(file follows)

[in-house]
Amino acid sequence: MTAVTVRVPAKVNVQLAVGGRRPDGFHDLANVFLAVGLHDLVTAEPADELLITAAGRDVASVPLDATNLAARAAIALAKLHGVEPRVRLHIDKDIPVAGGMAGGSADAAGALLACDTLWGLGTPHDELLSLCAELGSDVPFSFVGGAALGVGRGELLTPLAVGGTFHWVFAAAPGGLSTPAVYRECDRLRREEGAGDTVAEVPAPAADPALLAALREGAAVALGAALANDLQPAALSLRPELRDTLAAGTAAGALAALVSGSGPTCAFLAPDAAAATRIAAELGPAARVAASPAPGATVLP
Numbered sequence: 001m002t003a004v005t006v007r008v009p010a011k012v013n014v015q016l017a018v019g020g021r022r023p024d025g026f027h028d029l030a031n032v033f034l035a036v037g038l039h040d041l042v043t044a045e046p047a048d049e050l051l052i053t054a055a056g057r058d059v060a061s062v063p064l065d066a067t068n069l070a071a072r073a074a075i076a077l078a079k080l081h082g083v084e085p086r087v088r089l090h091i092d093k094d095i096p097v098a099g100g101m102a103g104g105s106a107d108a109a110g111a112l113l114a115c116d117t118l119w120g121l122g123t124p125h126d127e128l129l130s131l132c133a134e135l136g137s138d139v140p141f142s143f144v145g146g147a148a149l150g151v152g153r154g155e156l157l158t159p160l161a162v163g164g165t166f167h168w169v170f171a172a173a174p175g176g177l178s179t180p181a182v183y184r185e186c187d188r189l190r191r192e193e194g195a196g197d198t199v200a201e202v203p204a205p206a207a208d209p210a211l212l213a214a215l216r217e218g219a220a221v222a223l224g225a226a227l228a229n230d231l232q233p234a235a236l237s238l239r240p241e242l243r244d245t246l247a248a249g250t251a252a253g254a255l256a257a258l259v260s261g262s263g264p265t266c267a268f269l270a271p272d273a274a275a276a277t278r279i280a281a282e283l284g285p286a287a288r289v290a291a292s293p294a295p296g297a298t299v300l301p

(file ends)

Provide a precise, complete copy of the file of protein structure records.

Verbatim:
[in-house]
Amino acid sequence: MTAVTVRVPAKVNVQLAVGGRRPDGFHDLANVFLAVGLHDLVTAEPADELLITAAGRDVASVPLDATNLAARAAIALAKLHGVEPRVRLHIDKDIPVAGGMAGGSADAAGALLACDTLWGLGTPHDELLSLCAELGSDVPFSFVGGAALGVGRGELLTPLAVGGTFHWVFAAAPGGLSTPAVYRECDRLRREEGAGDTVAEVPAPAADPALLAALREGAAVALGAALANDLQPAALSLRPELRDTLAAGTAAGALAALVSGSGPTCAFLAPDAAAATRIAAELGPAARVAASPAPGATVLP
Numbered sequence: 001m002t003a004v005t006v007r008v009p010a011k012v013n014v015q016l017a018v019g020g021r022r023p024d025g026f027h028d029l030a031n032v033f034l035a036v037g038l039h040d041l042v043t044a045e046p047a048d049e050l051l052i053t054a055a056g057r058d059v060a061s062v063p064l065d066a067t068n069l070a071a072r073a074a075i076a077l078a079k080l081h082g083v084e085p086r087v088r089l090h091i092d093k094d095i096p097v098a099g100g101m102a103g104g105s106a107d108a109a110g111a112l113l114a115c116d117t118l119w120g121l122g123t124p125h126d127e128l129l130s131l132c133a134e135l136g137s138d139v140p141f142s143f144v145g146g147a148a149l150g151v152g153r154g155e156l157l158t159p160l161a162v163g164g165t166f167h168w169v170f171a172a173a174p175g176g177l178s179t180p181a182v183y184r185e186c187d188r189l190r191r192e193e194g195a196g197d198t199v200a201e202v203p204a205p206a207a208d209p210a211l212l213a214a215l216r217e218g219a220a221v222a223l224g225a226a227l228a229n230d231l232q233p234a235a236l237s238l239r240p241e242l243r244d245t246l247a248a249g250t251a252a253g254a255l256a257a258l259v260s261g262s263g264p265t266c267a268f269l270a271p272d273a274a275a276a277t278r279i280a281a282e283l284g285p286a287a288r289v290a291a292s293p294a295p296g297a298t299v300l301p